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University of Delaware - Alfred Lerner College of Business & Economics

By Heather Bender April 10, 2018

As consumers develop a preference for renting goods instead of purchasing them, what marketing opportunities arise?

Will subscription packages of baby and toddler rental items bring down costs for new parents?

Can a rental service for camping equipment give more people access to the great outdoors?

Last fall, seniors in Sharon Watson’s honors strategic management class in the Alfred Lerner College of Business and Economics partnered with eBay to explore ways it could use its commerce platform to drive innovation in and support the transition to a more circular economy, where renting, reusing, or sharing commercial goods is favored over purchasing.

“When Dr. Watson introduced this project to the class, I was ecstatic,” said Harry Chen, a senior honors student with a double major in finance and hospitality management. “We were working on a real-life situation from a top e-commerce company instead of picking a problem from the books.”

Students said that the opportunity to create a market solution for an internet titan was exciting, challenging and even somewhat daunting at first.

“When this project was assigned, I was a little overwhelmed,” said Angela Spadaccini, a senior honors marketing major who participated on the outdoor equipment rental team. “Knowing that we were working with a well-known, successful company was a little intimidating. All of my previous projects had been strictly hypothetical – my critical thinking skills, creativity and ideas never extended past the classroom walls. This project was an excellent opportunity to showcase my abilities outside of the classroom.”

Students were challenged to develop an alternative service model for one of eBay’s leading product categories. Six teams designed creative, socially-responsible solutions, including:

  • A fashion resale app for college students that cuts clothing costs by 80 percent and keeps 3.2 million pounds of unwanted clothing out of landfills
  • A subscription package service for expecting and new mothers renting baby and toddler items, providing a 37 percent cost savings and extending product life
  • A platform for musical instrument rentals designed to circulate 12 million instruments that would otherwise be unused or discarded
  • A system for renting outdoor recreation equipment at a third of the purchase price, removing cost barriers to more active lifestyles
  • A toy recycling marketplace that saves 307,200 plastic toys from the landfill while providing a 50 percent savings for the average parent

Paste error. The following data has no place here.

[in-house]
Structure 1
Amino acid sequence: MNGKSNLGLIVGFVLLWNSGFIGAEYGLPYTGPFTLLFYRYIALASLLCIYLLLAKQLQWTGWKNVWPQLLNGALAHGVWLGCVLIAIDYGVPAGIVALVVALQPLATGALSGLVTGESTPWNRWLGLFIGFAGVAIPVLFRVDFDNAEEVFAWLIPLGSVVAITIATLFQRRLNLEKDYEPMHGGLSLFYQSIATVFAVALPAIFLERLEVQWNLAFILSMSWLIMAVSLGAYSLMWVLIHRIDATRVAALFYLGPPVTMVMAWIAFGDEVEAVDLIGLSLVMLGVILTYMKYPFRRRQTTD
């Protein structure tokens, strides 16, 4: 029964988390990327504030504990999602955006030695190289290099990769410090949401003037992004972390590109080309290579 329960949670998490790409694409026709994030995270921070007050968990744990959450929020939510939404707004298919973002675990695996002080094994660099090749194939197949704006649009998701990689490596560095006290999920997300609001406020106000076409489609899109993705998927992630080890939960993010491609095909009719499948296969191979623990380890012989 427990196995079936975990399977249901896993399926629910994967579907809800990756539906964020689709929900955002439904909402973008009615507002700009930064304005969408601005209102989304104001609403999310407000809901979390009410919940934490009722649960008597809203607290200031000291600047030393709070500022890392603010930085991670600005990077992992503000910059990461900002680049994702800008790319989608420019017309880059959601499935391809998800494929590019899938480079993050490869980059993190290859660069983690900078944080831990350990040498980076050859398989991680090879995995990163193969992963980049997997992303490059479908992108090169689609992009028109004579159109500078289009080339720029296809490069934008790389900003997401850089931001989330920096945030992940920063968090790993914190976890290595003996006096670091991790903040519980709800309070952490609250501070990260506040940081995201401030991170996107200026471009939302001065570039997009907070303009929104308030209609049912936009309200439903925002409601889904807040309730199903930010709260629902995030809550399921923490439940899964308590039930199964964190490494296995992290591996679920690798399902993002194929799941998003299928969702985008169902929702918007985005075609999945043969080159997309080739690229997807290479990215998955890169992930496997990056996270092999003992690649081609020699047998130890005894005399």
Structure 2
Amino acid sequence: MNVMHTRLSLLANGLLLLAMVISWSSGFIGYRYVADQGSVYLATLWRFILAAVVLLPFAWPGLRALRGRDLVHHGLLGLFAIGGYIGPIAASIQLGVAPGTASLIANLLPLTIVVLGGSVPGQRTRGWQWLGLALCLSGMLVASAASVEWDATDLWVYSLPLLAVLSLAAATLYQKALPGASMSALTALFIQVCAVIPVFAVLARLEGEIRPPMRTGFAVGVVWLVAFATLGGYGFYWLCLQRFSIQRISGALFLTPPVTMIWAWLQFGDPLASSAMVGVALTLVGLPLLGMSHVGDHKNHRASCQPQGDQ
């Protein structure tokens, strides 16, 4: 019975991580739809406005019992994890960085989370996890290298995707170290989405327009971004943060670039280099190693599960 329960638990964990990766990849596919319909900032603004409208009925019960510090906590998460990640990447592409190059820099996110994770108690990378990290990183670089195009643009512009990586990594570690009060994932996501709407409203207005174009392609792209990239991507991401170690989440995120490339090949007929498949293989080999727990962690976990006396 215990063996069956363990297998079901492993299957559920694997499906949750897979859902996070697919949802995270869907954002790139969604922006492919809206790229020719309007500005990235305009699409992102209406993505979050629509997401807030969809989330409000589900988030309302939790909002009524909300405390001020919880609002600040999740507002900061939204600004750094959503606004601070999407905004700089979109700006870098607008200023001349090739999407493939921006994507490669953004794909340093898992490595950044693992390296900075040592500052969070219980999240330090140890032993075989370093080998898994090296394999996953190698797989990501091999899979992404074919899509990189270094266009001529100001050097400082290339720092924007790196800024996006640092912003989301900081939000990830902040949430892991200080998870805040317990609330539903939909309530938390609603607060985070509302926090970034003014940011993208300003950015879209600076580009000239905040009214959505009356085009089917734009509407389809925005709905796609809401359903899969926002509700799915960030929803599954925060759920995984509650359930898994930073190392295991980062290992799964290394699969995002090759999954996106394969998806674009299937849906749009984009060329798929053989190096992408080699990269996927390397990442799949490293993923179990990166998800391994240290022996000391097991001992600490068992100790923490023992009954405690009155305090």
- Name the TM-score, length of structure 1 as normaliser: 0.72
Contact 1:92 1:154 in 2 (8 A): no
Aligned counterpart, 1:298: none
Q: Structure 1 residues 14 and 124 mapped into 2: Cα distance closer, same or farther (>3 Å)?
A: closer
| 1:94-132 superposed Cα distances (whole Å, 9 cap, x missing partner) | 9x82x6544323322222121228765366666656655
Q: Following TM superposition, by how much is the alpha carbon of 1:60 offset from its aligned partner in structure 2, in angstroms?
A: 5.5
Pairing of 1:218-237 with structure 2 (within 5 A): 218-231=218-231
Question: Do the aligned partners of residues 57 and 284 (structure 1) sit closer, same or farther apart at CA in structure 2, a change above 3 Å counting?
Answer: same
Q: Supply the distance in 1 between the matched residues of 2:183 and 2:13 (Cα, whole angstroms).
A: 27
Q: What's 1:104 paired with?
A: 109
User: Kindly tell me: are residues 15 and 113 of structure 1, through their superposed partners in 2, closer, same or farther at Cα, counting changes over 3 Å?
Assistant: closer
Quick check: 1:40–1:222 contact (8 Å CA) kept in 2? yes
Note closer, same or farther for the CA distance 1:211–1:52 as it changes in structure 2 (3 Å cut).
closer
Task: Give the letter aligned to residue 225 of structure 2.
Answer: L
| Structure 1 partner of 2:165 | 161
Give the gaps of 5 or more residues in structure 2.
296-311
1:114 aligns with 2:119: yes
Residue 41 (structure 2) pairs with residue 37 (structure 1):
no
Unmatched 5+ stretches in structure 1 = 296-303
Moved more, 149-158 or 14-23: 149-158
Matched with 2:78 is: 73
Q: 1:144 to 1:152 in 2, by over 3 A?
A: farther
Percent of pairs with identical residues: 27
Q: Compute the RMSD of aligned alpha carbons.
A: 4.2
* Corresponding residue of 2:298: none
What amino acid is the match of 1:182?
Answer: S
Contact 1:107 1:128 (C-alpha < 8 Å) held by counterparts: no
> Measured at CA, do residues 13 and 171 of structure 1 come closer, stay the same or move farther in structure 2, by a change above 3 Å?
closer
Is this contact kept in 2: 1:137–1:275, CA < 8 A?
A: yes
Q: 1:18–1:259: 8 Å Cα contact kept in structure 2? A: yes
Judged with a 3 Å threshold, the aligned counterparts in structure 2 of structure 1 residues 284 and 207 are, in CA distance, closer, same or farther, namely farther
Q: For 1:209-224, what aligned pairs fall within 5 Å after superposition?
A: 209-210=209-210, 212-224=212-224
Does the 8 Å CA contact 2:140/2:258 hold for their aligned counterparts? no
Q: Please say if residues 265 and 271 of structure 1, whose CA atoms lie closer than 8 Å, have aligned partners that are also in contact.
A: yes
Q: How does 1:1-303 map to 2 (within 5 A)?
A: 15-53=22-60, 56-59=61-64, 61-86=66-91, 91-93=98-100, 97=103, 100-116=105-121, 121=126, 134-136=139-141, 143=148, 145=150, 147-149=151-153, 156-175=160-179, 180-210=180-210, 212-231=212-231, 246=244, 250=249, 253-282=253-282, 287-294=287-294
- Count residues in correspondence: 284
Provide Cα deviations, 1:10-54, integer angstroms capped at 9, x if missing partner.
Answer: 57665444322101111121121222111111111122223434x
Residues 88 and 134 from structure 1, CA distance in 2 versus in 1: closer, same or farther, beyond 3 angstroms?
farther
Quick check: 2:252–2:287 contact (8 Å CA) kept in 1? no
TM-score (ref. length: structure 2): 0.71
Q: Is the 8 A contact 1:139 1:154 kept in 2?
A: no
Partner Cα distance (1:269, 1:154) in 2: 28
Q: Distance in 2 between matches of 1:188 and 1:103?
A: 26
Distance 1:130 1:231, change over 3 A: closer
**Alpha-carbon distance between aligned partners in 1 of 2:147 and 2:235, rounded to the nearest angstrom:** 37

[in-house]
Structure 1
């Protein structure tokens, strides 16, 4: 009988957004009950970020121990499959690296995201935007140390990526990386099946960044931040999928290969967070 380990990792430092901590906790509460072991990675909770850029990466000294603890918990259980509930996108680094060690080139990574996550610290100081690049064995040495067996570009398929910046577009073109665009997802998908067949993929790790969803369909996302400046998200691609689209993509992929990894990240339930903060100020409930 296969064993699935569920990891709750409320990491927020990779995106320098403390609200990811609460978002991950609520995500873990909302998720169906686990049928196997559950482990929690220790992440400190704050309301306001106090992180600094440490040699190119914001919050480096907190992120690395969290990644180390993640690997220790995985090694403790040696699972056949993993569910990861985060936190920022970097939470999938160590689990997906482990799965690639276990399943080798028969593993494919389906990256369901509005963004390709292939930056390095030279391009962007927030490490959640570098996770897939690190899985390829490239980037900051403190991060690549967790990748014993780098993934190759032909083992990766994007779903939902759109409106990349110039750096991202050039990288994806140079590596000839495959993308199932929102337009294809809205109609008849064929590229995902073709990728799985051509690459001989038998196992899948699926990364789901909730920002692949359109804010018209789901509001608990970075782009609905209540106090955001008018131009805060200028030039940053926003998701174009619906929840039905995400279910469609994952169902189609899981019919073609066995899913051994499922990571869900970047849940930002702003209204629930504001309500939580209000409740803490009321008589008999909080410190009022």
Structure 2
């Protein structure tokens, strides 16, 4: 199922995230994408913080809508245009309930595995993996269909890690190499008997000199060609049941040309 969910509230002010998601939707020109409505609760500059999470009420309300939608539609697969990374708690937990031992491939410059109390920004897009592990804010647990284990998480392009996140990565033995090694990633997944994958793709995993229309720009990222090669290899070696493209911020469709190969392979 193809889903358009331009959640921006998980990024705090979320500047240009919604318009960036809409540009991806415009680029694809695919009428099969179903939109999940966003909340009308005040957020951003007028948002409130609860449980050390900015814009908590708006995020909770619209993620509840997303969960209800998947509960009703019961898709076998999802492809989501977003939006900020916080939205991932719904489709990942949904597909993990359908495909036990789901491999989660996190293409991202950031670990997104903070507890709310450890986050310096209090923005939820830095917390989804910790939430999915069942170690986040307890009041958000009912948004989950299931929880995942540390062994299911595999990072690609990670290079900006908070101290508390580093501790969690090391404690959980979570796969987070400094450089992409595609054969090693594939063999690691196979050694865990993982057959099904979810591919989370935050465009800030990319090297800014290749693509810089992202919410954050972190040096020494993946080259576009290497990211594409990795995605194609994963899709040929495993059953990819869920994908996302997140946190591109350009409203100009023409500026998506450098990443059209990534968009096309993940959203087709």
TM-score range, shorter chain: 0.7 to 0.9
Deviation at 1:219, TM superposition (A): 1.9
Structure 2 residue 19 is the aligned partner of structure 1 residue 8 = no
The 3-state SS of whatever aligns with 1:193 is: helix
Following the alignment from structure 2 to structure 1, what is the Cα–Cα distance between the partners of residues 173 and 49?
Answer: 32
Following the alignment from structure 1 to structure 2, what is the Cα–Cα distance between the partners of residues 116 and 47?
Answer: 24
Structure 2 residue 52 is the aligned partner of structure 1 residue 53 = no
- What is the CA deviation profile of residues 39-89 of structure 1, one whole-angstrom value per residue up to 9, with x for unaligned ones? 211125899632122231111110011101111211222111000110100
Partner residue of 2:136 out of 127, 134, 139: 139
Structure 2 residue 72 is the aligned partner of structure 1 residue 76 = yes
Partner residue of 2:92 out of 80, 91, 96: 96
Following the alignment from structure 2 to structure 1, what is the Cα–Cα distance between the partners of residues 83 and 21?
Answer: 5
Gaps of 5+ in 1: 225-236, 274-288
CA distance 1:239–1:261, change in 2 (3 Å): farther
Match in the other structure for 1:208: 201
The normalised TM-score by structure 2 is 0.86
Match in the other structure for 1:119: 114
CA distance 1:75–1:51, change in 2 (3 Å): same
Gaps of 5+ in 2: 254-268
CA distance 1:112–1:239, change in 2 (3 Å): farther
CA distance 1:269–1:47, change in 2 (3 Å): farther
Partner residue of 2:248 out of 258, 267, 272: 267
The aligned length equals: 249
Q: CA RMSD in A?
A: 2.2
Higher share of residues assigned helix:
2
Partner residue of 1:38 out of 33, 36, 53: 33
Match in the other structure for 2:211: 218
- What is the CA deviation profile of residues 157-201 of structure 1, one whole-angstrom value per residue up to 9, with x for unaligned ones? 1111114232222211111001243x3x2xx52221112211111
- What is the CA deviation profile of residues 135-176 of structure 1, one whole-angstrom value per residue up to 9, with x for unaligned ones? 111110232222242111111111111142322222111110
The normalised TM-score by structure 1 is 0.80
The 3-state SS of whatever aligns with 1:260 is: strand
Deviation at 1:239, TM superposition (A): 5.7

• A system for moving “ugly produce” into the marketplace, feeding 25 million Americans and conserving 1.6 trillion gallons of water

The semester-long capstone project culminated in a live video conference. Each team presented their ideas to leaders of eBay’s Global Impact group, which focuses on how eBay’s business can be a force for positive change.

“I’ve never seen my students as excited about a project as they were after the videoconference with eBay,” said Watson, associate professor of management at the Lerner College. “We had a debrief session to reflect on the experience, and many students said that it was the best experience of their time here at UD, the most relevant to their blossoming careers, and the first time they worked on a project for its own sake, rather than for a grade. Several students talked about the project in their job interviews with great success.”

Kaitlin Woo, a senior honors student with a double major in management information systems and marketing, felt that her work on the fashion resale project leveraged her education while preparing her for entering the workforce.

“Preparing a deliverable for a real-life client was a beneficial experience,” Woo said. “There were aspects of professionalism and ambiguity you do not experience when working on normal academic assignments, especially since the deliverable was set by outside parties, not the university.

“Clearing up confusion was not as easy as attending office hours,” she continued. “Like in the real world, a lot of communication had to take place through email, instead of in-person. In today’s workforce, most companies are spread out geographically, making working virtually a required skill for this generation. While I did not have prior professional experience to draw from for this particular presentation, the project incorporated many of the principles from the core finance, marketing and operations classes I took at UD.”

The collaboration was suggested to Watson by Austin Halbert of ImpactEd, an organization that brings together college students and leading companies to provide opportunities for students to work on real-world projects.

“This project was an amazing example of what can happen when students are given the chance to bring their ideas to the table,” said Halbert, ImpactEd’s CEO. “With each ImpactEd project, we hope to see students growing into professionals as they tackle the challenges they’ll face in the real world. Dr. Watson and her students made the most of this experience and brought incredible enthusiasm from the start.”

While this partnership was a first for UD, the overwhelmingly positive student reaction makes it unlikely to be the last.

“It was truly a transformational experience,” Watson said.